The headline from an article in The Telegraph may cause some concern. But what should pension trustees do when faced with a request from a member that wants to take advantage of ‘Pensions Freedom’? For a start it may be that your scheme doesn’t allow (or cannot allow) individuals to undertake a pensions freedom transfer, but if your scheme does allow members to undertake a transfer then here is a Q&A about Pensions Freedom, what the basic reforms are and how they may affect your scheme and its members.
- What has changed?
For the first time, individuals will be allowed to take up to 100pc of their pension money, right away.
- When did the change take effect?
From Monday, 6 April 2016.
- Will I have to buy an annuity?
No one will have to buy an annuity – but buying one is still an option.
- What about my company pension?
If you have a “defined contribution” pension, you will be eligible for the pension freedoms when you reach age 55.
- What if my pension is ‘defined benefit’ (otherwise called ‘final salary’)?
Some final salary pensions are eligible for the freedoms, but you will need to transfer the money to a suitable scheme first. Be careful doing this as guarantees will be lost.
- What if I’ve got a ‘final salary’ pension from my work as a civil servant?
In some cases you can transfer the benefits to another scheme, as above. But some public-sector schemes, known as “unfunded” arrangements, will be excluded.
- What if I’m already receiving my work pension – can I make lump sum withdrawals?
Probably not. If you’re already receiving an income that is likely to mean you have already bought an annuity or are taking income from a defined benefit‑type scheme.
- What about my state pension entitlement?
Your state pension will be unaffected.
- What if I want to retire abroad?
In certain circumstances you can move your pension pot with you. It depends on the country, and on the pension.
Brexit update: No one is sure how pensions will be affected when the UK and the EU ‘divorce’
- Which countries offer the most generous regimes?
Cyprus, Portugal and France are examples of where your pension money might be taxed more favourably than in Britain. But you’d need to be resident in your chosen country for tax purposes. Take advice from a specialist.
Brexit update: See above
- What if I’ve already bought an annuity?
Once you’ve bought an annuity you currently cannot get your money back.
- But isn’t there a way to swap my annuity for cash?
The Government has announced that from 6 April 2017 people will be allowed to sell their annuities if they can find a buyer. The secondary annuity market will be a place that pension investors who have previously bought an annuity will be allowed to sell their guaranteed income in exchange for a lump sum.
In its regulatory impact assessment, HMRC has indicated a government expectation that 300,000 people will choose to take up this option. There are around six million annuities in payment, held by around five million retired investors.
As previously stated in the Budget, the Treasury expects a tax windfall of £960m in the first two years of the new secondary annuity market (April 2017 to April 2019), though it also predicts a revenue loss in subsequent years meaning a net gain to the Chancellor of £665m.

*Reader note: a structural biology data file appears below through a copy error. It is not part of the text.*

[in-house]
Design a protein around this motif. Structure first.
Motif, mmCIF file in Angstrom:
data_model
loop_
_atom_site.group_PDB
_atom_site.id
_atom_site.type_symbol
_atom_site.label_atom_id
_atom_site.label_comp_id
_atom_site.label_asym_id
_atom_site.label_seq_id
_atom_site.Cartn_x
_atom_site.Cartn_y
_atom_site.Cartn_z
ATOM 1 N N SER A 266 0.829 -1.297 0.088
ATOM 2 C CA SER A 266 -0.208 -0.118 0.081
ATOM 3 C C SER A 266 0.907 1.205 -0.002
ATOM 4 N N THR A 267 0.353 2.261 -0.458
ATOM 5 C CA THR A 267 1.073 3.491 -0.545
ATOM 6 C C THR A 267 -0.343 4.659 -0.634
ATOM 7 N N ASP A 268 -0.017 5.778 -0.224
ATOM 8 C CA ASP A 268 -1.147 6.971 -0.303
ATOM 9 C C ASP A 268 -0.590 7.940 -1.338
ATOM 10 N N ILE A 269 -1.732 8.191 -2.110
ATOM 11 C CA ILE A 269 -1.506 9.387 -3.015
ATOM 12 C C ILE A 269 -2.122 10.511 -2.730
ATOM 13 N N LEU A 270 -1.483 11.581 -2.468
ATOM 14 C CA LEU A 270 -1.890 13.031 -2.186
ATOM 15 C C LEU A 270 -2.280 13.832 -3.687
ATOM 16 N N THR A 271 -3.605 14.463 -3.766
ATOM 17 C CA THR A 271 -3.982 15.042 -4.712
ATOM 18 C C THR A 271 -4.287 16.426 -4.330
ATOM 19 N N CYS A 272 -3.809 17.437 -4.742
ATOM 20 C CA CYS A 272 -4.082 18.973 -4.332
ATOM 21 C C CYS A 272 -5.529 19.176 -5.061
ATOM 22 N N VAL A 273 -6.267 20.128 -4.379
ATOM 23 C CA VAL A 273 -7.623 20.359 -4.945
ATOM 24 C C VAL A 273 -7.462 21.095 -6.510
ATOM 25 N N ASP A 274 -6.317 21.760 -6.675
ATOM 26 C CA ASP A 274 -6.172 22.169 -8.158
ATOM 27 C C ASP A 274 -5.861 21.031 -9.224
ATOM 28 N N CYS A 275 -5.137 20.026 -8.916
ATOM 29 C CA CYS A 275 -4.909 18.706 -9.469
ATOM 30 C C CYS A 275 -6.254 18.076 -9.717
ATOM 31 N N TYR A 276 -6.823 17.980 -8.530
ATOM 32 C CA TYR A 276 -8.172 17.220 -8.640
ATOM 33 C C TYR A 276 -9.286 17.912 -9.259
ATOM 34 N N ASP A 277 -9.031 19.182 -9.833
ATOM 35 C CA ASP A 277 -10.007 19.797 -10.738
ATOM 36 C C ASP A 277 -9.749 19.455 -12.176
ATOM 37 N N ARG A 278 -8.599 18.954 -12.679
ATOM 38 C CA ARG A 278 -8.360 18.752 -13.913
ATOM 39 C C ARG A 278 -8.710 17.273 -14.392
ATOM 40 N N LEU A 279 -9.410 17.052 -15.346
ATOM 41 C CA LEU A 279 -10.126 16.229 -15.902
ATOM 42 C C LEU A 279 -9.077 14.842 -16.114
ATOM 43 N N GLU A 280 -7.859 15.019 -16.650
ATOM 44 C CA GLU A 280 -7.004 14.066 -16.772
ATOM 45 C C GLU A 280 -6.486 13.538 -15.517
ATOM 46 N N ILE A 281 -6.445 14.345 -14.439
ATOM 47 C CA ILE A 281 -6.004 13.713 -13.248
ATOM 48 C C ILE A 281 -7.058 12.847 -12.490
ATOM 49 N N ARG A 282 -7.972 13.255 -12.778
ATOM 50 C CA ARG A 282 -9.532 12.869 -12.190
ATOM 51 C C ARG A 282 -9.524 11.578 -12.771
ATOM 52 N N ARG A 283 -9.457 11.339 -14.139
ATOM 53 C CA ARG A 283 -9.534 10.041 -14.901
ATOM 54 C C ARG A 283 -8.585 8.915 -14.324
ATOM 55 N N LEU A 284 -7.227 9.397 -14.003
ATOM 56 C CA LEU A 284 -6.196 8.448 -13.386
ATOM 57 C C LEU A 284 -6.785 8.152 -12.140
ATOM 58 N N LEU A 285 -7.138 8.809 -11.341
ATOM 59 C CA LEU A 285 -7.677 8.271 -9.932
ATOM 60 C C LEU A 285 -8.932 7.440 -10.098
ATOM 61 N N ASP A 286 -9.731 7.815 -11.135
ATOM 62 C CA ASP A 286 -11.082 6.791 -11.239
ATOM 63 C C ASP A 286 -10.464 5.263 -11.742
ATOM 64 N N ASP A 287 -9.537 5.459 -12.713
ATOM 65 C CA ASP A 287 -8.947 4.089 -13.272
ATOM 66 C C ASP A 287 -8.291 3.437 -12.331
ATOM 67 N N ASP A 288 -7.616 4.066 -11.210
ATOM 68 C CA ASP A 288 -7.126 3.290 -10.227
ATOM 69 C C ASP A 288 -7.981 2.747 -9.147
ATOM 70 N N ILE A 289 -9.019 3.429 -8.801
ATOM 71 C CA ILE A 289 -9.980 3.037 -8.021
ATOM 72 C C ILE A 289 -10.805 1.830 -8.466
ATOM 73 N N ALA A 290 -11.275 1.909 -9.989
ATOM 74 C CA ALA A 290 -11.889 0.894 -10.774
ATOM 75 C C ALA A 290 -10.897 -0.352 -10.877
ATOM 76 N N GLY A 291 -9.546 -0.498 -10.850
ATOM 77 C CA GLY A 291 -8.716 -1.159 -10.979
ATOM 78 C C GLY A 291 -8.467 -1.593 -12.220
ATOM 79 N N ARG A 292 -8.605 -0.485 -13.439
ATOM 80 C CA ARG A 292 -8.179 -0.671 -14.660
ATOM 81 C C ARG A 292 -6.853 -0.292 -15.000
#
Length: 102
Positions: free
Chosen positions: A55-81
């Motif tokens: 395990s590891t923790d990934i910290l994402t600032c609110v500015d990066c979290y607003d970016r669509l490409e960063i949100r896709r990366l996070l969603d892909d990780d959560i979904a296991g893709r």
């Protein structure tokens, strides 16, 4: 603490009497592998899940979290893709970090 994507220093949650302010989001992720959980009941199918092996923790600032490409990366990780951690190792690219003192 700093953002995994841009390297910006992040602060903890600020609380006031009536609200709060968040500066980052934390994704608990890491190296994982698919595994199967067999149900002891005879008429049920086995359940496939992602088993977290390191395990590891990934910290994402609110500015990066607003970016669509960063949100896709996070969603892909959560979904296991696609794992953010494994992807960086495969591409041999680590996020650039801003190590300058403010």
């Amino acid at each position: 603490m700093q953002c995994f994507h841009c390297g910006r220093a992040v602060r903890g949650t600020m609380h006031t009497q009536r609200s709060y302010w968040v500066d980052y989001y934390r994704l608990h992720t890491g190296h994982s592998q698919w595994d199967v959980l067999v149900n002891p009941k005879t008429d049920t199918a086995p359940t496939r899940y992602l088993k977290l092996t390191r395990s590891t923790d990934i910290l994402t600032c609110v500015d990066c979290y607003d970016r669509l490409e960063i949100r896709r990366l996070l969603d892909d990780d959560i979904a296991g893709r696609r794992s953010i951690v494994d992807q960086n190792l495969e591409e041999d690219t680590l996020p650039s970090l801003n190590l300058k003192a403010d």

Brexit update: Sorry to put a spanner in the works here, but with the uncertainty regarding the UK economy together with George Osborne’s warning that tax rises and more government cuts can be expected as a result of the EU referendum result then we cannot be sure that the secondary annuity market will actually commence as there may not be anyone that wants to ‘buy’. Put simply a marketplace can only exist if there are both sellers and buyers. This has to be a ‘watch this space’ response.
- I’m not yet 55. When will I be able to benefit?
Only people aged 55 and over are eligible for the freedoms.
- I’m in my 20s. Will I be able to take money from my pension at 55 or will this age threshold rise?
If you are under 23 it will be 59, because the private pension age will be linked to the state pension age.
Whatever the trustees decide to do, they:
- must take care that they DO NOT offer financial advice to a member. In fact trustees may wish to insist that a member receives ‘suitable’ financial advice before and during any transfer that they want to undertake.
- MUST adhere to the scheme rules
- MUST ensure that the scheme remains viable. If your scheme is in deficit it may be that you cannot allow transfers as they would put the scheme in financial jeopardy.
As with all things to do with pensions, whilst we may know the questions, the answers are not as easy to find. Brexit has undoubtably complicated matters but, hopefully, this is only a short-medium term issue. In the meantime, its important that trustees keep themselves informed and maintain communication with their members.
Caledonian Trustees Limited is a privately-owned professional independent trustee company, based in Essex, UK. Our clients include household names and some that you may never have heard of but big or small we pride ourselves in offering a flexible, cost effective and relevant service each and every time . The Caledonians have many years of experience in pension, employee benefit consultancies and life companies which means we understand the challenges that you face.
Click here to contact the Caledonians or call us on 01371 829054
Caledonian Trustees Limited. The Sheiling, Oak Hill, Wethersfield, Essex. CM7 4AJ
The Telegraph: Pension freedoms day: 101 questions answered
Pensions World: 300,000 people expected to sell their annuities